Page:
The World Bank has reduced Pakistan’s economic growth rate forecast for the current fiscal year by almost one percent, saying that the frantic energy subsidies by the previous government placed an additional burden on the budget, posing a threat to the International Monetary Fund (IMF) program.
“The financing of the price cuts or subsidies can create an additional burden on the fiscal budget, threaten the ongoing program with the IMF, and limit the use of the fiscal budget on other, more productive projects”, said the World Bank.
The bank’s Chief Economist for South Asia Region Hans Timmer termed the subsidies as ‘unsustainable and ineffective’. He said that the consumers should be charged the correct prices and redistributed to poor households.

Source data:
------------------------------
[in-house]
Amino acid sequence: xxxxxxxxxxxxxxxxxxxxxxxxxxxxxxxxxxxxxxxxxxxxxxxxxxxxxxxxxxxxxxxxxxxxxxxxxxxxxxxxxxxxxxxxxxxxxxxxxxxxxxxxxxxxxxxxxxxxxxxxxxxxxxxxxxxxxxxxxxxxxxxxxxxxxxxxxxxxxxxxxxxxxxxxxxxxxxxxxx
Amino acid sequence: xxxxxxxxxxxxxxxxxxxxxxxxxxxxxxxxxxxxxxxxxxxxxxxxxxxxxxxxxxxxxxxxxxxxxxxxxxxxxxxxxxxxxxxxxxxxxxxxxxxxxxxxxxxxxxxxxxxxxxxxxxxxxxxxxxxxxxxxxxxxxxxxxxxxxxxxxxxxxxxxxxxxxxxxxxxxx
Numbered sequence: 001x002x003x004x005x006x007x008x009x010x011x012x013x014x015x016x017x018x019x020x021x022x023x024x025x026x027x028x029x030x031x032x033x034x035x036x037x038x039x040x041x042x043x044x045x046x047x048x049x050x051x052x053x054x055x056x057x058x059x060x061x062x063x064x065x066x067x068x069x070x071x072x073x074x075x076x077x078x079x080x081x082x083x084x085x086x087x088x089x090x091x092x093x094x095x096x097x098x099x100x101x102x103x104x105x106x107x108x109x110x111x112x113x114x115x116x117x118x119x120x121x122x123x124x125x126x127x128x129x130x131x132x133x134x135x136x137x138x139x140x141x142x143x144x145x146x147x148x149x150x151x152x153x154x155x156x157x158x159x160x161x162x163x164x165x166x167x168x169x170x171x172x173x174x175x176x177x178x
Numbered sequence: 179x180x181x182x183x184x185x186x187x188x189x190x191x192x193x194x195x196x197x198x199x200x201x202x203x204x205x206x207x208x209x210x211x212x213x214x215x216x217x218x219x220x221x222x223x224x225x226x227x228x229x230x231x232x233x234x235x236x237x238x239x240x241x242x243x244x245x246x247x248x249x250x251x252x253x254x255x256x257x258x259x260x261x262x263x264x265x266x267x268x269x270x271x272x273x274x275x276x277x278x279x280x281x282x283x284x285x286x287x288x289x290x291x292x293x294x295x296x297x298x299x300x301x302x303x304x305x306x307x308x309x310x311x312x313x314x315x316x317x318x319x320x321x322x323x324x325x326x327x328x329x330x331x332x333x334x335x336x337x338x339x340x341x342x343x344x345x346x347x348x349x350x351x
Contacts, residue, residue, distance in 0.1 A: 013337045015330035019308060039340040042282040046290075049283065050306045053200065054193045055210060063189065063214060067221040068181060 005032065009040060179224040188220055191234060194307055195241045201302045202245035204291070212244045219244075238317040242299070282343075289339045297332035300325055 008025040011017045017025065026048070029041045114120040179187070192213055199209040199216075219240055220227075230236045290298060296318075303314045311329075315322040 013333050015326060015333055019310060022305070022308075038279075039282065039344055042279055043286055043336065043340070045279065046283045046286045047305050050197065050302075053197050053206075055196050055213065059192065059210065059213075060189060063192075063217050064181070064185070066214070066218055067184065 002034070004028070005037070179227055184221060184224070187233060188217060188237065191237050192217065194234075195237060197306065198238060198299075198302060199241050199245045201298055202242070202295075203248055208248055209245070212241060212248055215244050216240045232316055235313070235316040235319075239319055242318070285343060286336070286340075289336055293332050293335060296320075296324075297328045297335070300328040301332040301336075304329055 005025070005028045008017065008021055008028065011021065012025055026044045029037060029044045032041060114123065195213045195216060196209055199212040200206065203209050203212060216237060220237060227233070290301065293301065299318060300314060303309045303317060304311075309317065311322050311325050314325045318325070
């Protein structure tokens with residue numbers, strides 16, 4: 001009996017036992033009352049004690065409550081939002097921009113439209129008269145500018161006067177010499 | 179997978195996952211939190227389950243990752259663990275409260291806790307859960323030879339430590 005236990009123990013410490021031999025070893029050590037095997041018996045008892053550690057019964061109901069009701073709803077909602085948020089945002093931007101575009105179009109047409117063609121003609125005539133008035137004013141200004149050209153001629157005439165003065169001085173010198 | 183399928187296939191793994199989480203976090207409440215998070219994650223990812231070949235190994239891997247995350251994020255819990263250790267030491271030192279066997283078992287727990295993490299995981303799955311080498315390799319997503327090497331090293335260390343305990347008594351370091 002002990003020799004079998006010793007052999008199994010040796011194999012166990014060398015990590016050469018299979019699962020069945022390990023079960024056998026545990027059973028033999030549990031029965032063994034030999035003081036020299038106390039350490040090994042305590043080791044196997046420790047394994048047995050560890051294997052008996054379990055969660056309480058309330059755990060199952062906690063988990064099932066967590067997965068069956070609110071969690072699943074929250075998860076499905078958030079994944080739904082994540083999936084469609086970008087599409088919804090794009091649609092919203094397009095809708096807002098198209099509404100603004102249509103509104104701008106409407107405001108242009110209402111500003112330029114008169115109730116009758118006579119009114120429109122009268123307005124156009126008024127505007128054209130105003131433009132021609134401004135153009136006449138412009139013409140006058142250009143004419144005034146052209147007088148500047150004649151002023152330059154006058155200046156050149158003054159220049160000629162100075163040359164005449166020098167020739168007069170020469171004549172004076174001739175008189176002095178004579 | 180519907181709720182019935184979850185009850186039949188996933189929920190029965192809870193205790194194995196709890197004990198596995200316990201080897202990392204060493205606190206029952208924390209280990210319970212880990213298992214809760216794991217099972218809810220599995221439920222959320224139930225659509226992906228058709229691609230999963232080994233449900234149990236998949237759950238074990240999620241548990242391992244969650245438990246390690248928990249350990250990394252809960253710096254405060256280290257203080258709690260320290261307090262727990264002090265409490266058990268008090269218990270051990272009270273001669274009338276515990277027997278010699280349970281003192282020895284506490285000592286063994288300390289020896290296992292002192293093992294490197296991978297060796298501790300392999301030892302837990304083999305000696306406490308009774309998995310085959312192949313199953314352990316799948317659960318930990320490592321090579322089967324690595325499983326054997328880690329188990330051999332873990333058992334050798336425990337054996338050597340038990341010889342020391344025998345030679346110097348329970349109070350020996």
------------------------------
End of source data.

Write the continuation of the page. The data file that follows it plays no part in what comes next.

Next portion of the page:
The global financial body noted that Pakistan had previously followed its agreement with the IMF to lift tax exemptions and hike tax on fuels. However, increasing domestic energy prices and challenges from political opposition compelled the government to offer relief on electricity and fuel prices in February.
Timmer added that while these measures could aid in reducing fluctuations in domestic prices, they could also constitute a direct burden or hidden liability on the government’s budget, that could result in an increase in fiscal vulnerabilities going forward.